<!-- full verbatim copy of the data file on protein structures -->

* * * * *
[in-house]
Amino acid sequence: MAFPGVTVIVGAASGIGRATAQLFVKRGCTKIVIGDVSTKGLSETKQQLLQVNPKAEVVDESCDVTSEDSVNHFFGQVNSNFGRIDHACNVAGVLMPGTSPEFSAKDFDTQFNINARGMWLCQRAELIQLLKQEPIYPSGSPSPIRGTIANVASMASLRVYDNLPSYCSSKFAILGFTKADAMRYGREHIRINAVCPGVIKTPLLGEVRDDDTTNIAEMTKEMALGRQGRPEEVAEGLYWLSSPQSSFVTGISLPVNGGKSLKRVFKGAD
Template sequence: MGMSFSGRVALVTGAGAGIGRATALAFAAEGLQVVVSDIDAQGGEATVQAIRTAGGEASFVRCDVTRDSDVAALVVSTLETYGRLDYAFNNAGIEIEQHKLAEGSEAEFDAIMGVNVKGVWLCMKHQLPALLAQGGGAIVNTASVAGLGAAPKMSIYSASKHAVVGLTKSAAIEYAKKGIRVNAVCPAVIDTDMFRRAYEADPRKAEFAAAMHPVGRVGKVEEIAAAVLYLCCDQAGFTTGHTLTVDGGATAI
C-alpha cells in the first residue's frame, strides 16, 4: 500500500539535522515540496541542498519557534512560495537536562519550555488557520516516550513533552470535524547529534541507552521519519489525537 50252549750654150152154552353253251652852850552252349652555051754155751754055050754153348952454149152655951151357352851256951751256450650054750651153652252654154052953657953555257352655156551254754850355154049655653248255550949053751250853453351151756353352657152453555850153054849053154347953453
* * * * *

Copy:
[in-house]
Amino acid sequence: MAFPGVTVIVGAASGIGRATAQLFVKRGCTKIVIGDVSTKGLSETKQQLLQVNPKAEVVDESCDVTSEDSVNHFFGQVNSNFGRIDHACNVAGVLMPGTSPEFSAKDFDTQFNINARGMWLCQRAELIQLLKQEPIYPSGSPSPIRGTIANVASMASLRVYDNLPSYCSSKFAILGFTKADAMRYGREHIRINAVCPGVIKTPLLGEVRDDDTTNIAEMTKEMALGRQGRPEEVAEGLYWLSSPQSSFVTGISLPVNGGKSLKRVFKGAD
Template sequence: MGMSFSGRVALVTGAGAGIGRATALAFAAEGLQVVVSDIDAQGGEATVQAIRTAGGEASFVRCDVTRDSDVAALVVSTLETYGRLDYAFNNAGIEIEQHKLAEGSEAEFDAIMGVNVKGVWLCMKHQLPALLAQGGGAIVNTASVAGLGAAPKMSIYSASKHAVVGLTKSAAIEYAKKGIRVNAVCPAVIDTDMFRRAYEADPRKAEFAAAMHPVGRVGKVEEIAAAVLYLCCDQAGFTTGHTLTVDGGATAI
C-alpha cells in the first residue's frame, strides 16, 4: 500500500539535522515540496541542498519557534512560495537536562519550555488557520516516550513533552470535524547529534541507552521519519489525537 50252549750654150152154552353253251652852850552252349652555051754155751754055050754153348952454149152655951151357352851256951751256450650054750651153652252654154052953657953555257352655156551254754850355154049655653248255550949053751250853453351151756353352657152453555850153054849053154347953453